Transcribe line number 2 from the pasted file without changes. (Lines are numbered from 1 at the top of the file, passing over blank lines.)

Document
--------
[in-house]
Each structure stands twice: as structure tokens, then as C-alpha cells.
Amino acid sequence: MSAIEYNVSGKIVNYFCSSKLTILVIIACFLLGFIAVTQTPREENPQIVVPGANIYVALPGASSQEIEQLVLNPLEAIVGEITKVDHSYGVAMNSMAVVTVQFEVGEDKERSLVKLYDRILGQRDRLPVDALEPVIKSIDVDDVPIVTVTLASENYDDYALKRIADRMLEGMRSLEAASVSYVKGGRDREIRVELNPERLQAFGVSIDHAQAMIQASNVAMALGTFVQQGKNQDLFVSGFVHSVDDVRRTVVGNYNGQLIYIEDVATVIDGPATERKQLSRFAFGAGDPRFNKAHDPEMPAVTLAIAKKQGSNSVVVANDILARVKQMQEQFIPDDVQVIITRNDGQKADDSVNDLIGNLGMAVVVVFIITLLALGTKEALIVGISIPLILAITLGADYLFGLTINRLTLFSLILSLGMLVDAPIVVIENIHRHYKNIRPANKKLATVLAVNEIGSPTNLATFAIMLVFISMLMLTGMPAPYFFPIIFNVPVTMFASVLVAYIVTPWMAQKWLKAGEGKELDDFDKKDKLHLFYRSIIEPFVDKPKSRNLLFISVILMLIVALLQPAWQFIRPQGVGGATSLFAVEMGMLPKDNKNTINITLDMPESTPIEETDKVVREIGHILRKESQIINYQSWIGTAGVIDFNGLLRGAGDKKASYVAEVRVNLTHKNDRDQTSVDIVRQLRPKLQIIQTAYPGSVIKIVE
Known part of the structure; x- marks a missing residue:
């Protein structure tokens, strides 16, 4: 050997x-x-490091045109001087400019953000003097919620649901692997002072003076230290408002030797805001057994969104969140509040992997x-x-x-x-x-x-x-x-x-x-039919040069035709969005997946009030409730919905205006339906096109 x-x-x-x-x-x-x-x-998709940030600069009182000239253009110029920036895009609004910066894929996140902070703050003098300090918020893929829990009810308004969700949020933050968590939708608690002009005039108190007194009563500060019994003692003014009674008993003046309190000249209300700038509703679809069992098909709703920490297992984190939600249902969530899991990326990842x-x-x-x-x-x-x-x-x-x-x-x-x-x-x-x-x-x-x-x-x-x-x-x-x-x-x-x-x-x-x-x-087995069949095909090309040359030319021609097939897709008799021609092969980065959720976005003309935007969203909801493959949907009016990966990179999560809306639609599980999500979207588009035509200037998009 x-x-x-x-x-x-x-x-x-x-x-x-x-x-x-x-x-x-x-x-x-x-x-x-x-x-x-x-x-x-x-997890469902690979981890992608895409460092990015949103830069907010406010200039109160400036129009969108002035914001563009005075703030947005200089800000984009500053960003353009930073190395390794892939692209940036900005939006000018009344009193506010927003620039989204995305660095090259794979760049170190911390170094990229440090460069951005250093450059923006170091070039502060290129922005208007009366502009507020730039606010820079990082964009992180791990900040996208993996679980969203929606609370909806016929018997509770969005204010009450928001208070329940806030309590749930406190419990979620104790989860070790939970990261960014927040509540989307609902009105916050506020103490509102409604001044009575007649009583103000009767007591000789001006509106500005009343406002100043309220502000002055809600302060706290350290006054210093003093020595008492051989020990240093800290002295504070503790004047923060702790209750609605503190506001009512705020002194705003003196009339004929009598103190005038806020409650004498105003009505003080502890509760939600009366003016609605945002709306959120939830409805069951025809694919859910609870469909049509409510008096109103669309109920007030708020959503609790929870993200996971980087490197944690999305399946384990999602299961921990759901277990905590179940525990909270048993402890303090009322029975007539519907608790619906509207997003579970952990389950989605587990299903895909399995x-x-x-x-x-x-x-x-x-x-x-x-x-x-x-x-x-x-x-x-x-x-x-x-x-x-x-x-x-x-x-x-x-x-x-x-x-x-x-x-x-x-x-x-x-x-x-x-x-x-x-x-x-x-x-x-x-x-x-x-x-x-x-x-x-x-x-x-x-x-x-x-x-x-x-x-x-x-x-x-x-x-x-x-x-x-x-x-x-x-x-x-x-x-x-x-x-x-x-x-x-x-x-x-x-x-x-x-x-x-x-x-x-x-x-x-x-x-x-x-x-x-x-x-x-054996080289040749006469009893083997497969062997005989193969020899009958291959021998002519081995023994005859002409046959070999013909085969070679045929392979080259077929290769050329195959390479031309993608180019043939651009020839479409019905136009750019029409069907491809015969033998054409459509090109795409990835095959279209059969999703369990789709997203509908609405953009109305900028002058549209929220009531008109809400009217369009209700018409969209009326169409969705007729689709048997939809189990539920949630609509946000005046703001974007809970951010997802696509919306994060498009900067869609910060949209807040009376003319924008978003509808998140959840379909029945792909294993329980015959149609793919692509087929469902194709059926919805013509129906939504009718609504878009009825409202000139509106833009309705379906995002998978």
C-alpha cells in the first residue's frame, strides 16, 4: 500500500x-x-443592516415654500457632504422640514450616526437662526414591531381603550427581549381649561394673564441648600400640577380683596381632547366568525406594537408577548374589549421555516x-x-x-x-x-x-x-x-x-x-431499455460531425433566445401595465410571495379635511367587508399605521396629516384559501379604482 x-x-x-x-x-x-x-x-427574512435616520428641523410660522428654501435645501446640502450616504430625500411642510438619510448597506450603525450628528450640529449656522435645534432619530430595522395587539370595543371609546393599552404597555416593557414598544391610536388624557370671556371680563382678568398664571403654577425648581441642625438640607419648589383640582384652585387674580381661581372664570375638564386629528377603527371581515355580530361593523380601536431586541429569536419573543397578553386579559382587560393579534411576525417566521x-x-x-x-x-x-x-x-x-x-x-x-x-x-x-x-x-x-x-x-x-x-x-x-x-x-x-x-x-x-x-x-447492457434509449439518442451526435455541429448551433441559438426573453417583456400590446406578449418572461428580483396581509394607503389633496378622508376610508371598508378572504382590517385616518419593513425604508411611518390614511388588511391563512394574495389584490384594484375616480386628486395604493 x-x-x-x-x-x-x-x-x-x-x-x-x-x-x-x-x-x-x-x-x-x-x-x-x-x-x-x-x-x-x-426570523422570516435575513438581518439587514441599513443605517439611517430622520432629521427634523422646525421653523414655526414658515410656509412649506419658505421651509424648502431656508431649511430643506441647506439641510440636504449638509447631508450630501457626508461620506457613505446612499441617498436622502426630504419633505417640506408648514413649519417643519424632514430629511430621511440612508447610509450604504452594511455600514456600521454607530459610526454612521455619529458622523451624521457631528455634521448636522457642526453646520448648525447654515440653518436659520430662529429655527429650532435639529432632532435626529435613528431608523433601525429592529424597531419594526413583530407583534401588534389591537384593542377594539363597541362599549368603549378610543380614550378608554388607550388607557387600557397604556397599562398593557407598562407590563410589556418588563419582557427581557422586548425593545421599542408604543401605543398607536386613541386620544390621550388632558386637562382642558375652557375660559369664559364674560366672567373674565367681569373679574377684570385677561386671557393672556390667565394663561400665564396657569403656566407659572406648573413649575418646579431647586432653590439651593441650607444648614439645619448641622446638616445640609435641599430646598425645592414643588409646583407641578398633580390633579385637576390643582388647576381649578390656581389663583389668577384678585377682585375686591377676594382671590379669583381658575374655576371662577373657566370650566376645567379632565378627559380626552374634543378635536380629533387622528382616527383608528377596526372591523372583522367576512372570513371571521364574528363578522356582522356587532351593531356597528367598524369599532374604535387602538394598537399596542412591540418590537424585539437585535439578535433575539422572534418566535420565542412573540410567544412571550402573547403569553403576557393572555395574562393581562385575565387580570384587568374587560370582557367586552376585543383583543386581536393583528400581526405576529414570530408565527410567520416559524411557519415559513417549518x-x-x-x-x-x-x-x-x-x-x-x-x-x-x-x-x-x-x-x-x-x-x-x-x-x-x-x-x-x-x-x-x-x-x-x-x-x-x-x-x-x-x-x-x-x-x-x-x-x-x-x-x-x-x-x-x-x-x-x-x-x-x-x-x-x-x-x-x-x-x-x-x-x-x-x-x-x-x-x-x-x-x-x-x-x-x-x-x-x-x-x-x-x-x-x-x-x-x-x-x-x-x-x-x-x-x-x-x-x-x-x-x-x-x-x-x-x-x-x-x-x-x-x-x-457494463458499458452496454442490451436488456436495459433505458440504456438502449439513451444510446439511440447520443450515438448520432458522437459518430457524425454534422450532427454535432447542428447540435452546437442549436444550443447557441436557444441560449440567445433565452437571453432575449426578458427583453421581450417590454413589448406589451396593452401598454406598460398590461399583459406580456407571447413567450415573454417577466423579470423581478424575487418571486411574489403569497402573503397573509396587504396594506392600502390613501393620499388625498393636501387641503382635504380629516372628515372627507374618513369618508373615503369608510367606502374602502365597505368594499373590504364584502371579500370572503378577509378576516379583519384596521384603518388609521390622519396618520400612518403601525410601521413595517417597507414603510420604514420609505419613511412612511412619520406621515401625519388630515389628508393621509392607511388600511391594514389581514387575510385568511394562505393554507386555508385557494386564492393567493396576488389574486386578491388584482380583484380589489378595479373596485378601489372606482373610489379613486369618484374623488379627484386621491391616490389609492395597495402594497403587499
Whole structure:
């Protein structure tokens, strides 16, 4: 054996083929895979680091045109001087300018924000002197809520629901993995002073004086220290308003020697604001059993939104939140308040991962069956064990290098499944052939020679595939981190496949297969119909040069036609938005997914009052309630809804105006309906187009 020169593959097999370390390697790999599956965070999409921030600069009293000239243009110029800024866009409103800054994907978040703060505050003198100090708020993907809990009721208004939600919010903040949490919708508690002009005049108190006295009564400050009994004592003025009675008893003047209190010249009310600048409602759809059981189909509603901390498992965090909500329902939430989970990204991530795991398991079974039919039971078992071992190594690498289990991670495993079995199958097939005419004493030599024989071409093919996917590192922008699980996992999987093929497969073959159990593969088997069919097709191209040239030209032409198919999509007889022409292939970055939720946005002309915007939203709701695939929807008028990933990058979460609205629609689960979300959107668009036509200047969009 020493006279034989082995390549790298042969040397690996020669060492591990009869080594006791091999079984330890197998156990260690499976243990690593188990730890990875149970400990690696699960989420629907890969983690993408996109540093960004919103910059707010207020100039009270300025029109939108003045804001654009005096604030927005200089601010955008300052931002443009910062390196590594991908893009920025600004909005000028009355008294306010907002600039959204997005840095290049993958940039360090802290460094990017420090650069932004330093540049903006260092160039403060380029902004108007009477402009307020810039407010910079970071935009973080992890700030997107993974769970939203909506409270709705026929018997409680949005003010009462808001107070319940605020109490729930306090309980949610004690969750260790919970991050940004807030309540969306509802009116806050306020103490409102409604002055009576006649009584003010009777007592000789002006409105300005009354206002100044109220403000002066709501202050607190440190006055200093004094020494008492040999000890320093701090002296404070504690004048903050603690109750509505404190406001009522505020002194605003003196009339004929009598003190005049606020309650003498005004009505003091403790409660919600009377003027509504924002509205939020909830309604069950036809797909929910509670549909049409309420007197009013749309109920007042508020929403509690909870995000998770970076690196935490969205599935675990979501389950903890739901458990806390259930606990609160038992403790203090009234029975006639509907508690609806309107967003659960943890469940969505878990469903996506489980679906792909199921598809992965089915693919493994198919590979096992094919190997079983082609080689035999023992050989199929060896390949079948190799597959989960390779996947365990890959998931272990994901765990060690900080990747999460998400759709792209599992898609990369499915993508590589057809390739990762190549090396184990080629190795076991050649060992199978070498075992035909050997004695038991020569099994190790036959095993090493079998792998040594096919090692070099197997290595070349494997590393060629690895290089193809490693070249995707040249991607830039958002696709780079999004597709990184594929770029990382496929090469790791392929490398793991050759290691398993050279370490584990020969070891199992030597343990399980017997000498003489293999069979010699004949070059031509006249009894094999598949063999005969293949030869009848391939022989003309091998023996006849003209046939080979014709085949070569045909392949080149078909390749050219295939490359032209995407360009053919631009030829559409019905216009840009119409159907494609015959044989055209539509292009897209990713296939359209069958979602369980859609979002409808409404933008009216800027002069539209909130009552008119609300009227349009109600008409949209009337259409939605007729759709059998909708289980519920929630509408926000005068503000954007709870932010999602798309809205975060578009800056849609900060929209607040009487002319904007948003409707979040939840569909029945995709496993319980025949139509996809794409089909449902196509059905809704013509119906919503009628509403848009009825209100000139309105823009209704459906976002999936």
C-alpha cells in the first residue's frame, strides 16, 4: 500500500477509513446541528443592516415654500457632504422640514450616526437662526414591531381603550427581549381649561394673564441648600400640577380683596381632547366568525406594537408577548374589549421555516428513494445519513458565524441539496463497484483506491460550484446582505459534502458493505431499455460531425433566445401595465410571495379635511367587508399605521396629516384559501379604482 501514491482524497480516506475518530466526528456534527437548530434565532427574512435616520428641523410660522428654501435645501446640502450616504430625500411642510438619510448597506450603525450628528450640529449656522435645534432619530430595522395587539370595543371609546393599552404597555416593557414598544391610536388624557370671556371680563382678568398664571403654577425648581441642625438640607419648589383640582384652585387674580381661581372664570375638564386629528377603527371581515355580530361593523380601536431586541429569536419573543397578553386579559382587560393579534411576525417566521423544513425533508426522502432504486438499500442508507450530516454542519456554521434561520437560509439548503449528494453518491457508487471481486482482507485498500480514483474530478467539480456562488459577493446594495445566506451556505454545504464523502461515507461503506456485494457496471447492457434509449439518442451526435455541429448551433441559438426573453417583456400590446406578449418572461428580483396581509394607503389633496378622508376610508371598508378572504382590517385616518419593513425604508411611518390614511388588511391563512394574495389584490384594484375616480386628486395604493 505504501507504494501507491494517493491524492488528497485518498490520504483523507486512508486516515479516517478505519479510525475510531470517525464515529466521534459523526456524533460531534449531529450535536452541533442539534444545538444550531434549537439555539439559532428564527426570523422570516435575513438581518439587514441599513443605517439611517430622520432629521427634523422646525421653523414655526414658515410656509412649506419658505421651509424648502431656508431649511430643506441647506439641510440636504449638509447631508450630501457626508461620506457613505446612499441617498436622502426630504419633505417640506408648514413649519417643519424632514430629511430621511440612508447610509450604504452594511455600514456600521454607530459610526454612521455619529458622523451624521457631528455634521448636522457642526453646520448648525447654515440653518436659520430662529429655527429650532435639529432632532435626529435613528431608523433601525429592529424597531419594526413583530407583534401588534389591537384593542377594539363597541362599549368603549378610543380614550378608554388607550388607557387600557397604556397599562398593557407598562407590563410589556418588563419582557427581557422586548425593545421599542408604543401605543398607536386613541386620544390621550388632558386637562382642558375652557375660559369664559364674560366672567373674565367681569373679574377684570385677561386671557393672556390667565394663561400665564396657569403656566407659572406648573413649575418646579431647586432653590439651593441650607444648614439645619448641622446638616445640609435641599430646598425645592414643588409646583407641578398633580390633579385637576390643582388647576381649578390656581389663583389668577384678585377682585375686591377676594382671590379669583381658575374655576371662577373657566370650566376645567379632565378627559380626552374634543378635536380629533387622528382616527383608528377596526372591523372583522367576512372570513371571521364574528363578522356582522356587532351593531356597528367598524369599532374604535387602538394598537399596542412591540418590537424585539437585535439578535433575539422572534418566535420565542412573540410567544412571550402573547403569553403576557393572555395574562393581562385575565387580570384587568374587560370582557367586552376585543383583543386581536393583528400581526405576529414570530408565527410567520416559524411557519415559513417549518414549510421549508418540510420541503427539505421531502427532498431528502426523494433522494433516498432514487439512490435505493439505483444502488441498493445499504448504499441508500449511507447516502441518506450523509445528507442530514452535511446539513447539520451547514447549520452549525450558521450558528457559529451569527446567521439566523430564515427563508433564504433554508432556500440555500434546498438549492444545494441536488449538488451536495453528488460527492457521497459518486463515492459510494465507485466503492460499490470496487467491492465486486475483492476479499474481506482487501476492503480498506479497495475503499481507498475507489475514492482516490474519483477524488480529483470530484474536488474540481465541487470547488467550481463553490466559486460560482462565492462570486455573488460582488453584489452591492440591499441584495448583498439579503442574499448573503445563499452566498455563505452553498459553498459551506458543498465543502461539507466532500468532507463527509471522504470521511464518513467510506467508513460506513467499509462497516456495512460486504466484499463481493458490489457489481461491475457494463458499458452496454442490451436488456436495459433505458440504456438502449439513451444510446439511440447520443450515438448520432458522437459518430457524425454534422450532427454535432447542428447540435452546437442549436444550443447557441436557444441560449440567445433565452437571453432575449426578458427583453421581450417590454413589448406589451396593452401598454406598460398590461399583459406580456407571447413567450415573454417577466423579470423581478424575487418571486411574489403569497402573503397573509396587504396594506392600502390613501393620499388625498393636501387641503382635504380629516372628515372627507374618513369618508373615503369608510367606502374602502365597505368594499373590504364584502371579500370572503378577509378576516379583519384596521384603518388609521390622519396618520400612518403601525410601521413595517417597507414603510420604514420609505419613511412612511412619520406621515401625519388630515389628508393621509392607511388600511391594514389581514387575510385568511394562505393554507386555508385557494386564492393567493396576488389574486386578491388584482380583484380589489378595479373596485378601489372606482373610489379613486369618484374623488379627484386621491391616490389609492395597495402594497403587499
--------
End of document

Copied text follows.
Each structure stands twice: as structure tokens, then as C-alpha cells.